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This does not sound believable to me. I very much doubt that a perfect agent would find these sorts of questions to be well-defined. It sounds like you're talking about the likelihood of a bulkhead failure or something completely technical ... when this is not technical at all.

You can either acknowledge this, and use it to your advantage to help them be the best future self they can be, OR you can say that it is "manipulative" and instead leave their formation up to chance.

This doesn't sound right to me. I think you could find certain things "manipulative", and so look at specifically doing/saying things that weren't manipulative. For example, what if you told the children of their own bias, or you told them, "Don't believe what I say just because I tell you that you believe it." I'm sure your intentions are correct, but I would think the interaction could be consistent with "ordinary adult interaction" with regards to manipulation and so on.

Personally, no, is that what he really talks about?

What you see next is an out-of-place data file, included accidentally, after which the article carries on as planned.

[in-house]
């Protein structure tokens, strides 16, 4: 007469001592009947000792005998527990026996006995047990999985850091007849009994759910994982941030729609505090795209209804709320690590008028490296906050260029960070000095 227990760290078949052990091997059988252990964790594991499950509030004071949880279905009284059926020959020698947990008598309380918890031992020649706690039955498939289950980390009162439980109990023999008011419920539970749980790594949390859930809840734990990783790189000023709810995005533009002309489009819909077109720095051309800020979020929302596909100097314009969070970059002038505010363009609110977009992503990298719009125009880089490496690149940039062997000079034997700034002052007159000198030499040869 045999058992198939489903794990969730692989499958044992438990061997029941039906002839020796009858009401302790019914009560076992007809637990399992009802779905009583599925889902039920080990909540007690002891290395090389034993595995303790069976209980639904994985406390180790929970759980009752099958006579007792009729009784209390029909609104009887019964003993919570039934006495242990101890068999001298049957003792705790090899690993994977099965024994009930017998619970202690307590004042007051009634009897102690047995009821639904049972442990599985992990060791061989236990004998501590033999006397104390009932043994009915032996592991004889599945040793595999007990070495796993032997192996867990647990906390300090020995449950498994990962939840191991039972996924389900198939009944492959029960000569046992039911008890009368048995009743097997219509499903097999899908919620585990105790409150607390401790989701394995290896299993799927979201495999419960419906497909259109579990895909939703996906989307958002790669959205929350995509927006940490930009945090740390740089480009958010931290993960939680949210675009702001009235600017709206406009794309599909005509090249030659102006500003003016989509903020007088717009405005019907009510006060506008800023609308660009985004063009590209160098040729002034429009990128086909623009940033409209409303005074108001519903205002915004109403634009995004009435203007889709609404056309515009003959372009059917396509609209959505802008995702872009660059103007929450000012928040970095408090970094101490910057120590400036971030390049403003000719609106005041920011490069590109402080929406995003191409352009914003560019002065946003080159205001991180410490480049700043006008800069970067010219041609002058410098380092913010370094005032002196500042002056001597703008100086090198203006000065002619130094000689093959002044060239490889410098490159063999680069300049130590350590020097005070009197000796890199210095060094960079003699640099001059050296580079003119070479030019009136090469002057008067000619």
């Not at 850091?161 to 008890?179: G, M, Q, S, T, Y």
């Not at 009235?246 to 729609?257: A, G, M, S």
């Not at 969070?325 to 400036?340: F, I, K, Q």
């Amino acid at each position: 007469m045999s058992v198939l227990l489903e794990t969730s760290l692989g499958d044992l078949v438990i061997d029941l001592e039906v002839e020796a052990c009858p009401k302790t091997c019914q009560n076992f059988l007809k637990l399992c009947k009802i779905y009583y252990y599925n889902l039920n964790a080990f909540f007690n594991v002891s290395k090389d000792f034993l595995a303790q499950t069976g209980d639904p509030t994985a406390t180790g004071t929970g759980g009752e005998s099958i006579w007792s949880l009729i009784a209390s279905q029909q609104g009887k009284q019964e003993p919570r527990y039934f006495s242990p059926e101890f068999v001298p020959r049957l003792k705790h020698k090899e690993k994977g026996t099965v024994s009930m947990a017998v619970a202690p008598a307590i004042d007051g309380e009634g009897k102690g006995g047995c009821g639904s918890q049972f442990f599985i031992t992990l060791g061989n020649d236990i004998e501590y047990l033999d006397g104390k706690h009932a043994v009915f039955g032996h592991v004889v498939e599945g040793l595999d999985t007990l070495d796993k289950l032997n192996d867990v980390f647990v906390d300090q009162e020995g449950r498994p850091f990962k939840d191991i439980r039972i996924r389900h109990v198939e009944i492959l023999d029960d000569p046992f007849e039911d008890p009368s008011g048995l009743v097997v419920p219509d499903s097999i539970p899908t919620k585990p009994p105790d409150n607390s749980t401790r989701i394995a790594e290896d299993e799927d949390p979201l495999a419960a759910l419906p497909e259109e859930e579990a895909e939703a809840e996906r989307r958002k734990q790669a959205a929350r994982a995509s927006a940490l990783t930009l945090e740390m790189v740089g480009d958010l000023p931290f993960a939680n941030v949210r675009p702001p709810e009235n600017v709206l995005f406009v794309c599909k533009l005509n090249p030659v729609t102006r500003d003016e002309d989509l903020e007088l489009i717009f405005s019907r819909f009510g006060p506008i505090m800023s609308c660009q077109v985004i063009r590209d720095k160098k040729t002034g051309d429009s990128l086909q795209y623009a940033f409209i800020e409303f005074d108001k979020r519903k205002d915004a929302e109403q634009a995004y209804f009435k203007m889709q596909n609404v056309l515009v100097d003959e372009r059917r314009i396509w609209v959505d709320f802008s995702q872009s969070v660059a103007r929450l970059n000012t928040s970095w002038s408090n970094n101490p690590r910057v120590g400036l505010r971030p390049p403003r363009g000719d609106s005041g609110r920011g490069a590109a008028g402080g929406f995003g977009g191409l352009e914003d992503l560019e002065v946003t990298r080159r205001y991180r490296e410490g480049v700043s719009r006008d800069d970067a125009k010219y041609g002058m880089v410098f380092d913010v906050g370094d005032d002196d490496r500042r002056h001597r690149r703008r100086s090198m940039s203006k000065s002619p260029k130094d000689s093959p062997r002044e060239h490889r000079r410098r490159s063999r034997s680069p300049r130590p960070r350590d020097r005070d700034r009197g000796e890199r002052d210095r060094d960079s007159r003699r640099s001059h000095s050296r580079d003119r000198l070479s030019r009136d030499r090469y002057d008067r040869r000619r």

I've been in the collegiate environment for a while now and spent a lot of time around various people in academics, but I have consistently noticed a striking difference in people gifted in mathematics. I find that people with serious mathematical talent have an extremely propensity for thinking about mathematics. It's the most striking example of the sort of thing you're mentioning that I have ever come across. It's frequently given me the impression that mathematical talent is the academic talent that is most like athletics or sportsmanship in terms of just weird, unusually demonstrable performance characteristics.

It's difficult to be more specific than that, but when I started noticing this, it made me extremely interested in the sort of topic you're discussing. One of the ways this became apparent to me was when I realized that it wasn't just the difference between someone being stupid and smart, or something generic like that. I think at first I was disconcerted by this level of mathematical aptitude in some people, but then eventually after getting to know a lot of people like this I realized I could still hold my own with them, the aptitude wasn't some kind of signal for all around mental supremacy. I'm sure many people in my profession and people in various other areas of academia (biology, chemistry, all the engineering areas, philosophy, etc.) are just as "generically smart" as pure mathematicians, but when it comes to high level mathematics, it's astonishing what kind of massive gap you can observe between two people who are both "generically smart".